The King at War: Velázquez's Portrait of Philip IV October 26, 2010, through January 23, 2011
The Portrait of Philip IV by Diego Rodríguez de Silva y Velázquez (1599–1660) returned recently from The Metropolitan Museum of Art, having been cleaned for the first time in more than sixty years. The gleaming silver brocade covering the king's crimson coat is executed in an extraordinarily free and spontaneous manner, which is almost unparalleled in the painter's production and can now be better appreciated. The treatment by Michael Gallagher, Sherman Fairchild Conservator in Charge of Paintings Conservation, revealed the dazzling original surface that had been veiled by a yellowing varnish. Additionally, the first technical studies of the painting were undertaken, involving microscopy, X-radiography, and infrared reflectography.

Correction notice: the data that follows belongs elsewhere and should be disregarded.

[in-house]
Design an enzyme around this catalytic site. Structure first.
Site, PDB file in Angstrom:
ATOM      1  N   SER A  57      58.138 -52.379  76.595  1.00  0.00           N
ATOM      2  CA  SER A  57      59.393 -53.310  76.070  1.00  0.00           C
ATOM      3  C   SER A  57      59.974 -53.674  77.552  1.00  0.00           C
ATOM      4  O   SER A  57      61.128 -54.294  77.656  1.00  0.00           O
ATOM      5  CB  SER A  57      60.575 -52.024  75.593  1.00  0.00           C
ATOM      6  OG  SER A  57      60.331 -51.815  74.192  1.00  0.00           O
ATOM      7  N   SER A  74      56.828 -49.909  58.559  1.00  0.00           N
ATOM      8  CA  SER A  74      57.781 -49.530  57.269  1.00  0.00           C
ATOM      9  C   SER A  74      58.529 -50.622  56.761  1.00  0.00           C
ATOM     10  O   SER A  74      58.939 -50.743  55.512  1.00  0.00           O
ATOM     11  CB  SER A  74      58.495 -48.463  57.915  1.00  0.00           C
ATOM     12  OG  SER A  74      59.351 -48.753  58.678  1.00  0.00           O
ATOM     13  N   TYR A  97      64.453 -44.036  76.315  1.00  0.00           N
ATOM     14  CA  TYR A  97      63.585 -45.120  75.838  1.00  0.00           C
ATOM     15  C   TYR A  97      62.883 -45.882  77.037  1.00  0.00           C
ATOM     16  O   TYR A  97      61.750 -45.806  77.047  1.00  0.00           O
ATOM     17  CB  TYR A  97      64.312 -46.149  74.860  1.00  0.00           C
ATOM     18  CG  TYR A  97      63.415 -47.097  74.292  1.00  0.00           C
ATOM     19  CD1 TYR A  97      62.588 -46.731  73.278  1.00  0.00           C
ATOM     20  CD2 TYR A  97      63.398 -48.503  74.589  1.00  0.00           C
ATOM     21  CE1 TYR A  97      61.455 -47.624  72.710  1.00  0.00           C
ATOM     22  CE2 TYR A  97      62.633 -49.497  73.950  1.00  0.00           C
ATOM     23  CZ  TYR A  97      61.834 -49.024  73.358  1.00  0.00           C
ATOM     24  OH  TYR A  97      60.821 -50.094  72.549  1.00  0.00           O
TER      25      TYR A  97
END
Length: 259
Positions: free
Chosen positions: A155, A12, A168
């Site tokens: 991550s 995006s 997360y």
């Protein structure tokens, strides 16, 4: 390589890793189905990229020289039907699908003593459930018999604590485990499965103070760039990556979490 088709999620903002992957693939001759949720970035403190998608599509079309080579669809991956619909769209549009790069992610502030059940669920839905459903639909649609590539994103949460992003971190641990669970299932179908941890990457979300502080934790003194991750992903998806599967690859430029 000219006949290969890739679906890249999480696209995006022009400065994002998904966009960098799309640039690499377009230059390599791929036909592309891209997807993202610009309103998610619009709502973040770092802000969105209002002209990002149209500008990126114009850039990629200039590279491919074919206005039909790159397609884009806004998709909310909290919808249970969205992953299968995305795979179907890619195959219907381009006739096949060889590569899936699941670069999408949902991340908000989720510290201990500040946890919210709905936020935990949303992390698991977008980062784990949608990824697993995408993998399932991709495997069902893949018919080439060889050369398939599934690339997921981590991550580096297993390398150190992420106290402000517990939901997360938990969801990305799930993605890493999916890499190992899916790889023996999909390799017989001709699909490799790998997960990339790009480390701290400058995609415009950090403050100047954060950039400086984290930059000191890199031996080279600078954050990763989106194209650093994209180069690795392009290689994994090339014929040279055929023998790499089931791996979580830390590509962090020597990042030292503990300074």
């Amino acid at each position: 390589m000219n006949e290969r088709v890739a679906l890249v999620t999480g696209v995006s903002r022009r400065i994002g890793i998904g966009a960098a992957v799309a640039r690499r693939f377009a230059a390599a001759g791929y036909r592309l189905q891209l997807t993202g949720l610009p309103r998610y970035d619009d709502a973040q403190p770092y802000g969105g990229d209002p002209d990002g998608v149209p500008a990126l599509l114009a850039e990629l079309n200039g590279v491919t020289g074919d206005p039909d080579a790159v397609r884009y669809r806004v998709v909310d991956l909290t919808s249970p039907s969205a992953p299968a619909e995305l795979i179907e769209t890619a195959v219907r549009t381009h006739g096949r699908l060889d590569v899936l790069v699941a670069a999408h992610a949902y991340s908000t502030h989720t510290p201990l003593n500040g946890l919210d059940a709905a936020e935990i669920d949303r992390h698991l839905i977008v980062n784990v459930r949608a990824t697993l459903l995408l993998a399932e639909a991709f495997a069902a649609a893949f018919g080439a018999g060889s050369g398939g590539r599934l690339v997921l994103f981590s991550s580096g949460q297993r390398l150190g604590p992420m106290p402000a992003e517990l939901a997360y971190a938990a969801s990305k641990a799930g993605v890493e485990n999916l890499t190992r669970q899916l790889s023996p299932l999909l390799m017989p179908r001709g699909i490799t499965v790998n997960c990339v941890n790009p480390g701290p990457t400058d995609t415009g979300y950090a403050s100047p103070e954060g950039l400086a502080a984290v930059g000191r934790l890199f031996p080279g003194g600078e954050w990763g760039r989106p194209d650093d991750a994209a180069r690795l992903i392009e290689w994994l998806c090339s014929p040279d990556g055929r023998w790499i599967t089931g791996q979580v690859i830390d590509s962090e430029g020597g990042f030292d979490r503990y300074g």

Scroll down to learn more about the conservation challenges in an in-depth video by Michael Gallagher, Sherman Fairchild Conservator in Charge of Paintings Conservation,The Metropolitan Museum of Art.
Digitally merged view showing two halves of the painting (left half showing pre-cleaning state, and right half showing post-cleaning result): Velázquez, King Philip IV of Spain, 1644, oil on canvas, 51 1/8 x 39 1/8 inches, The Frick Collection, photo: Michael Bodycomb
Video photography credits: Conservation documentation photography: Juan Trujillo, Metropolitan Museum of Art; portrait of Michael Gallagher: Jackie Neale Chadwick, Metropolitan Museum of Art
The exhibition is made possible by The Andrew W. Mellon Foundation.